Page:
Marketing Digital Transformation Ecommerce

Brand bounce-back: Grofers marketing VP says it didn’t pivot but innovated extensively


By Amit Bapna | Editor-at-large

September 25, 2020 | 6 min read

In this column, The Drum asks marketers across categories and geographies to share their experience of combating the Covid-19 crisis, the learnings along the way, how they tweaked their go-to-market strategies and what their new playbook looks like as they seek growth. This week Prashant Verma, vice president marketing, at Grofers, shares his learnings and lessons. Verma oversees the marketing portfolio at Grofers. The online brand, founded in 2013, has positioned itself as India’s largest low-price supermarket in the grocery sector.

Prashant Groefers

Brand bounce-back: Grofers marketing VP says it didn’t pivot but innovated extensively

Emerging online grocery purchase behaviour

Covid-19 has brought about a significant shift, due to the rapidly changing consumer behaviour over the last few months. In the early days of the lockdown, there was a lot of fear and anxiety amongst consumers, especially related to essential services such as grocery shopping. As social distancing was followed across the country, the online grocery category in general witnessed a massive surge in demand during the lockdown.

This trend is going to stay as a large number of customers who shopped during the lockdown have already transitioned towards online shopping. We are seeing 64% first-time online grocery shoppers with near 20% first time online shoppers. Over 70% of the customers who came in the first month of the pandemic are still shopping on our platform. Moreover, people from Tier-2 and Tier-3 markets are moving towards e-commerce, and e-grocery in particular, as we have seen a spurt in demand from non-metro markets as well.

The new-age marketing playbook

Since demand was coming in naturally from all quarters in the last few months, there was no significant need for demand generation. Thus our marketing playbook at Grofers was also designed to ensure a seamless customer experience in order to serve the society at large, along the following pillars:

  • Empathize with customers and communicate with transparency. This was practised by regular updates to consumers on delivery slots as well as campaigns around our corona warriors – ‘the delivery superheroes’.
  • Educate new-to-online grocery shoppers by building customized onboarding journeys
  • Empower customers with real solutions that solve their problems - including delivery in a safety bag, initiatives like society shopping that serve multiple customers in a limited time.
  • Support causes and deliver essentials to the ones who were most in need during that period - daily wage workers, the elderly and the young ones without parents.

Value rocks and rules

As the lockdown opened and consumer behaviour changed from fear to acceptance of the new normal. In the last couple of months, value for money has taken precedence over other category drivers due to shrinking incomes. With the tightening of household incomes, customers are increasingly looking for products that can add to more value for the money spent, leading to a further rise in penetration of our own brands. Several new product launches have been lined up in segments like home and hygiene products, staples, personal care and detergents.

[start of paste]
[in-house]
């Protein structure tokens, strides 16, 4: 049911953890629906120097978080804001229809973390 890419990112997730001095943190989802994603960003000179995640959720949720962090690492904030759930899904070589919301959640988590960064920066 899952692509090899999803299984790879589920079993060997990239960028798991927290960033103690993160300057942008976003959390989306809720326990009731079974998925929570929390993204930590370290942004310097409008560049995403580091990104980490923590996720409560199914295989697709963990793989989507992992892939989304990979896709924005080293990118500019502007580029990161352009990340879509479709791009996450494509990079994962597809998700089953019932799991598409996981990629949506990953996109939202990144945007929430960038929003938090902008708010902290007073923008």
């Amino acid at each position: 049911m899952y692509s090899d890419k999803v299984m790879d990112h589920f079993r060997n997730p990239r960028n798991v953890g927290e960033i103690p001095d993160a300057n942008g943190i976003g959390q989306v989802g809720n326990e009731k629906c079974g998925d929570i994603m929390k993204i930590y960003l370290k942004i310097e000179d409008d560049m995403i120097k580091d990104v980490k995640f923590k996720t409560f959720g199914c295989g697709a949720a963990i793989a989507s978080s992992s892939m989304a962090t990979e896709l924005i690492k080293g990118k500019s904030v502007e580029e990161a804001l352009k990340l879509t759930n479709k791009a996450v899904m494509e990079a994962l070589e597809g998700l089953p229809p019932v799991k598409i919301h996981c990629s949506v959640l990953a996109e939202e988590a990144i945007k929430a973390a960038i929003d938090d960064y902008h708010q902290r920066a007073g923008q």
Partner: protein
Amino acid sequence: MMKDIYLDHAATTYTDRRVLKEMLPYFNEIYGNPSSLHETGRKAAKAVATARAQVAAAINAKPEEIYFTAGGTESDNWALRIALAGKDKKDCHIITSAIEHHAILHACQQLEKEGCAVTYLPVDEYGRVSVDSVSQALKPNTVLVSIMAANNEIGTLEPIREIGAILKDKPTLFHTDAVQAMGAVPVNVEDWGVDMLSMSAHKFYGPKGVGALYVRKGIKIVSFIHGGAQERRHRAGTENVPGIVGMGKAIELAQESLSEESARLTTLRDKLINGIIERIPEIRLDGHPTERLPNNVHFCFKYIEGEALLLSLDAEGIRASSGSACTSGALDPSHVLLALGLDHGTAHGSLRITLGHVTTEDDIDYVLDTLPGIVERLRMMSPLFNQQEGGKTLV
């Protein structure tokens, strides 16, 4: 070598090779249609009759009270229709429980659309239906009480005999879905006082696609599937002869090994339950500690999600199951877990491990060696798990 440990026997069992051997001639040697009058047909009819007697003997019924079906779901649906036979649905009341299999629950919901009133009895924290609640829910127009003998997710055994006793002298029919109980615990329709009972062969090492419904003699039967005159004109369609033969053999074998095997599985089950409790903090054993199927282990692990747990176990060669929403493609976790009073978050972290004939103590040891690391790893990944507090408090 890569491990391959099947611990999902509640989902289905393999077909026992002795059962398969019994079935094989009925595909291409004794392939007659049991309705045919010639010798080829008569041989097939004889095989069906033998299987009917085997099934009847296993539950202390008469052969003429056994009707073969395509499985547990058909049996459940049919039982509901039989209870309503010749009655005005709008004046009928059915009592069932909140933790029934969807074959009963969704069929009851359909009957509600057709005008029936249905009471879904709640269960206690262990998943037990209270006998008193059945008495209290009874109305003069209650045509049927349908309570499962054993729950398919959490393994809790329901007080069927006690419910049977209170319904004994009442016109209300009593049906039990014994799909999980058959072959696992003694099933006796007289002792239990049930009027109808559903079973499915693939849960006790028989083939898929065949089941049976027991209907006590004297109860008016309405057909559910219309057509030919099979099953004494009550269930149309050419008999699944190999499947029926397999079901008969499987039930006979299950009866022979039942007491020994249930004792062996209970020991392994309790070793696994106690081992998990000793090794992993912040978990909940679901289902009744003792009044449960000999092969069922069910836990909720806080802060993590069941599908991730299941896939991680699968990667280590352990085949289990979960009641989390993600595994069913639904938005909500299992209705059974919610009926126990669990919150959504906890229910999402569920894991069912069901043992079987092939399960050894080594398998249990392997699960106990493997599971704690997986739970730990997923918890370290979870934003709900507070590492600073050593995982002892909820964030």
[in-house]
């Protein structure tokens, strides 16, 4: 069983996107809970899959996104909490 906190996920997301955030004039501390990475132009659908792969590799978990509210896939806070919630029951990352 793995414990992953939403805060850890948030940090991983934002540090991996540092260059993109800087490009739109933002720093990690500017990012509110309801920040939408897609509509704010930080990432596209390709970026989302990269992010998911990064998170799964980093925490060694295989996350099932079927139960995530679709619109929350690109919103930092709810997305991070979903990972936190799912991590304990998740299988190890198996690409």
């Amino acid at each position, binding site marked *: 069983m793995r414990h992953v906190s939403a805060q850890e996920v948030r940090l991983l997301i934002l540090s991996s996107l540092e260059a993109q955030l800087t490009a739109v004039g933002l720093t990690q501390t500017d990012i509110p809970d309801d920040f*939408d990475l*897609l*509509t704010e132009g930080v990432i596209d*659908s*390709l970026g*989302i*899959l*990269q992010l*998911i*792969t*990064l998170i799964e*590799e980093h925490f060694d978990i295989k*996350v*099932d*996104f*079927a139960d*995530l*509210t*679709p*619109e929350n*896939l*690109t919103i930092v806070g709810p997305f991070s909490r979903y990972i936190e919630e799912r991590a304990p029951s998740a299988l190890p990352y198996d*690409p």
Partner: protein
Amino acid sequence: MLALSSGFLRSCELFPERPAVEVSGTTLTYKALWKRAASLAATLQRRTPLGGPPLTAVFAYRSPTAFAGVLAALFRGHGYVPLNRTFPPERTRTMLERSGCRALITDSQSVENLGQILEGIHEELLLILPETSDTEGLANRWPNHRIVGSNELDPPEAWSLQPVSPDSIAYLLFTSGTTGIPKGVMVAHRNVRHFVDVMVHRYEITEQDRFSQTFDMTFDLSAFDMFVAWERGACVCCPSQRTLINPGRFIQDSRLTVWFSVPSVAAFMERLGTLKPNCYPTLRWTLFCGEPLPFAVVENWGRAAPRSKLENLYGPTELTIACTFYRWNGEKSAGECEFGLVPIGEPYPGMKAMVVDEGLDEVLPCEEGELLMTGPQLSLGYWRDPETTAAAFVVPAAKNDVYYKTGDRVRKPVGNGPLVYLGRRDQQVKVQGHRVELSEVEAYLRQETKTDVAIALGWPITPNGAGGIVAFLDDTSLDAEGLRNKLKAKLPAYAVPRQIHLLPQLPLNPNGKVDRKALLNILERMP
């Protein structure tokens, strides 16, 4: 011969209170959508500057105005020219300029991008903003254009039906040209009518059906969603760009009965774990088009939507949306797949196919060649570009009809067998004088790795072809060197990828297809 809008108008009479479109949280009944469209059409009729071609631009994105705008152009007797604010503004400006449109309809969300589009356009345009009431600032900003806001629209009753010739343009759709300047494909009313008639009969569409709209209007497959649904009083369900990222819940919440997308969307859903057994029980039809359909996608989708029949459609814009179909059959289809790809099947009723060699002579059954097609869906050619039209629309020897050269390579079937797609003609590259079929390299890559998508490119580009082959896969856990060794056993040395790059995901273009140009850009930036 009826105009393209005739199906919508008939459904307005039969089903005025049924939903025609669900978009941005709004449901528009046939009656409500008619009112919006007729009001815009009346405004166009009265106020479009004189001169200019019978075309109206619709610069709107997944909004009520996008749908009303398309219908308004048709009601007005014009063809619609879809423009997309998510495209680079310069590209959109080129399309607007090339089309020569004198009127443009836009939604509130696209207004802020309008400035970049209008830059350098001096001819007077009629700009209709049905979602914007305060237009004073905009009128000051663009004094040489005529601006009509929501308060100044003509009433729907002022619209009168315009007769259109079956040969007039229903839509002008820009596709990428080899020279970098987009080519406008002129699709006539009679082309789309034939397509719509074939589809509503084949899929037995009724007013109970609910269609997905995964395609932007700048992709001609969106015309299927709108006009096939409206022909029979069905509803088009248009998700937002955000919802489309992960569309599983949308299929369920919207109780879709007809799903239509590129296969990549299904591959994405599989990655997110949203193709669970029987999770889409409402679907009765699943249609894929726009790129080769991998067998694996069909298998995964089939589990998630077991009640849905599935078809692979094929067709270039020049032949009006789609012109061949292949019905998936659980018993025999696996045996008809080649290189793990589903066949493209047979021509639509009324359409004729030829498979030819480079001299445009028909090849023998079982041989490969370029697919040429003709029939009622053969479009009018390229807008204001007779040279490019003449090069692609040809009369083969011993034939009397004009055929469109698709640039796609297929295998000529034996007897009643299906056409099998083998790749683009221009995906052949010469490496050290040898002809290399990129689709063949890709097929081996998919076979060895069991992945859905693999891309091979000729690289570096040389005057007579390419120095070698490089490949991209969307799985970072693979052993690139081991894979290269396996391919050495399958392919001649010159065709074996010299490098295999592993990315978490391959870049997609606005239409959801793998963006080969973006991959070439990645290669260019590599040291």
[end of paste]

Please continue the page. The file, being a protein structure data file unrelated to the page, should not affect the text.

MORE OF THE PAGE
Our marketing strategy is to live up to the promise of ensuring that customers get their essentials at the lowest possible prices. We will continue by providing value throughout the festive season. During this time, we also ran our flagship event Grand Orange Bag Days (GOBD) to deliver this value to our customers.

Evolving media-plan

In terms of the media mix, digital has now taken a central role for us with a 70% share of spends. We are also witnessing a 4X improvement in ROI due to the natural adoption of online grocery.

Pivoting the business model

We didn’t pivot. As a technology company, we innovated extensively across our supply chain and the consumer app to address the rapid surge in demand. We closely worked with our manufacturers for seamless supply of our own brand's assortment and increased the procurement capacity of our own brands by 2X. We also partnered with other delivery firms to get their fleet on board and moved to an apartments-led-delivery model. We are actively working with Societies and RWAs (resident welfare association) to ensure that we are able to serve more households in these difficult times. We also have new app features that enable easy onboarding as well as allow consumers to edit their order multiple times before delivery, we now have a society shopping & delivery model that allows us to serve multiple customers together.

Our focus will be on doing our bit to help the economy get back on track by working with more MSME vendors and smaller Indian manufacturers and help them with national scale.

The big marketing learnings during Covid-19

  1. Resilience to overcome unexpected hurdles, agility to execute fast and building transparency with our customers were amongst the most important learnings from this period.
  2. It is important to build long-term trust with customers by innovating on your feet in order to solve real problems for them. Brands that can build trust through meaningful acts during this period will create long-lasting relationships with its customers.
Marketing Digital Transformation Ecommerce

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